Tagore’s official response in the form of a telegram was read out by Mr Clive, British Charge d’Affaires at the Nobel Banquet at the Grand Hotel, Stockholm, on 10 December 1913. In his acceptance message, he conveyed his “grateful appreciation” — I beg to convey to the Swedish Academy my grateful appreciation of the breadth of understanding which has brought the distant near, and has made a stranger a brother. But how did the reclusive poet react to his sudden international acclaim? Following his initial surprise, as revealed in the cited extract, he continued to brood on the recognition. As he mentioned further in his acceptance speech, “The rest of the afternoon passed away in this manner, and when the night came I sat upon the terrace alone, and I asked myself the question what the reason could be of my poems being accepted and honoured by the West — in spite of my belonging to a different race, parted and separated by seas and mountains from the children of the West.”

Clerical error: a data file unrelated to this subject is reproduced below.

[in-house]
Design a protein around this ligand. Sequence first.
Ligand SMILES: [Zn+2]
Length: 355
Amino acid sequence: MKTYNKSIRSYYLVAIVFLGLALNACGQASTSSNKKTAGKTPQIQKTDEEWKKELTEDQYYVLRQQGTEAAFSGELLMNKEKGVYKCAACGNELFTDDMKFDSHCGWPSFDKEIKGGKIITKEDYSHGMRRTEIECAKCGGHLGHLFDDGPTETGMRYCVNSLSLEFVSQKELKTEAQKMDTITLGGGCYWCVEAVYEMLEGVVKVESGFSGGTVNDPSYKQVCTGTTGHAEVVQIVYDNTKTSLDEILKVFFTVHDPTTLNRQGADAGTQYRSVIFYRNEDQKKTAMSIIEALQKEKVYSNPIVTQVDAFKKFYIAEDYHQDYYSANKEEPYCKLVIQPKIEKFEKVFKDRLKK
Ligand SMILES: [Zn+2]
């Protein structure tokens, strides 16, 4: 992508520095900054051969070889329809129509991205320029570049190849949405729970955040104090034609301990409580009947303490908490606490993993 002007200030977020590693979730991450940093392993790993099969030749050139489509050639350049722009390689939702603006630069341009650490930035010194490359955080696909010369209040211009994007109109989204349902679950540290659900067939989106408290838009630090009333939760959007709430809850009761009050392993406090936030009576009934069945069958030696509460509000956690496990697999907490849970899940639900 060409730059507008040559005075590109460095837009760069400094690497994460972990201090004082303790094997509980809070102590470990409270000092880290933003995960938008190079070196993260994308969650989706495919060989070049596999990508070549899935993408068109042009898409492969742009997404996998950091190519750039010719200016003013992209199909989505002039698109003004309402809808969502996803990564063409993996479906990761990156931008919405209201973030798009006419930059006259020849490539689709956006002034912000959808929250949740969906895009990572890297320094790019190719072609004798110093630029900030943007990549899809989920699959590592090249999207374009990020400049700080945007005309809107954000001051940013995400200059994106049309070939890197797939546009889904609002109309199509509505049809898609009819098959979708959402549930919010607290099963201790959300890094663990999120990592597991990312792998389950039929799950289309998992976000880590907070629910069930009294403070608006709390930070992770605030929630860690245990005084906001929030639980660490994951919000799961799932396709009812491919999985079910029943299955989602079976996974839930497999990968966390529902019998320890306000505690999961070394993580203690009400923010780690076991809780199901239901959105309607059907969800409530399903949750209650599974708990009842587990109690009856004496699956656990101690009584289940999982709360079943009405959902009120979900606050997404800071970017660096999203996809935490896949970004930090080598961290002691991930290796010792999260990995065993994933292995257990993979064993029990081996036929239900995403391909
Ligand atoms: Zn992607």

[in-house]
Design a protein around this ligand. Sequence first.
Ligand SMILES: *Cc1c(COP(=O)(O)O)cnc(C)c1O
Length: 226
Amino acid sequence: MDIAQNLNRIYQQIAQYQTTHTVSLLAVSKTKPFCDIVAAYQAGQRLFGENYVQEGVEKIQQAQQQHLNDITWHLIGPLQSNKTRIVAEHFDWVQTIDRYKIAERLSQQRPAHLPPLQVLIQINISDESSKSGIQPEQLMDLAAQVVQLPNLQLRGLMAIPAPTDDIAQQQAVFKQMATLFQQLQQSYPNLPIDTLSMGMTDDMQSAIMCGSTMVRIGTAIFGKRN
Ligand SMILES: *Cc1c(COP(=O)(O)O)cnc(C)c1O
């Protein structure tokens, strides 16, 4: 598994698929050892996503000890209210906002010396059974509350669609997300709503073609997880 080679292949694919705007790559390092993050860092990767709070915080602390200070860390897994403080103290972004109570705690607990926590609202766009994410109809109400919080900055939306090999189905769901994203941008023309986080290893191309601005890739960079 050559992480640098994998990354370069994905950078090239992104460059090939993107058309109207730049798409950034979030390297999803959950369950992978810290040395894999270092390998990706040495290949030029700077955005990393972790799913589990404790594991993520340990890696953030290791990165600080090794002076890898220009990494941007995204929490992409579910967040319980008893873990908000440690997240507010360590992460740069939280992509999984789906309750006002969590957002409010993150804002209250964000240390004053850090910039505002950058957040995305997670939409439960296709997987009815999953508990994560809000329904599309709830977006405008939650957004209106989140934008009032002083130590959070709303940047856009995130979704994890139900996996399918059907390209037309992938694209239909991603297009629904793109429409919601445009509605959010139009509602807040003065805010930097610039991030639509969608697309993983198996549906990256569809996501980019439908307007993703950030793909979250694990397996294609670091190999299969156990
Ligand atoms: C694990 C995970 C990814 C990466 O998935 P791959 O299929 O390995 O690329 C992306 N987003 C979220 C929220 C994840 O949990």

Responses to the news of Tagore being a recipient of the Noble Prize were wide ranging, both at home and abroad. Earlier, his edition of Gitanjali, which had been published in London in November 1912, had received good reviews from the British press. In its review, the Times Literary Supplement (7 November 1912, page 492) observed that “in reading these poems one feels not that they are the curiosities of an alien mind, but that they are prophetic of the poetry that might be written in England if our poets could attain to the same harmony of emotion and idea. That divorce of religion and philosophy which prevails among us is a sign of our failure in both...”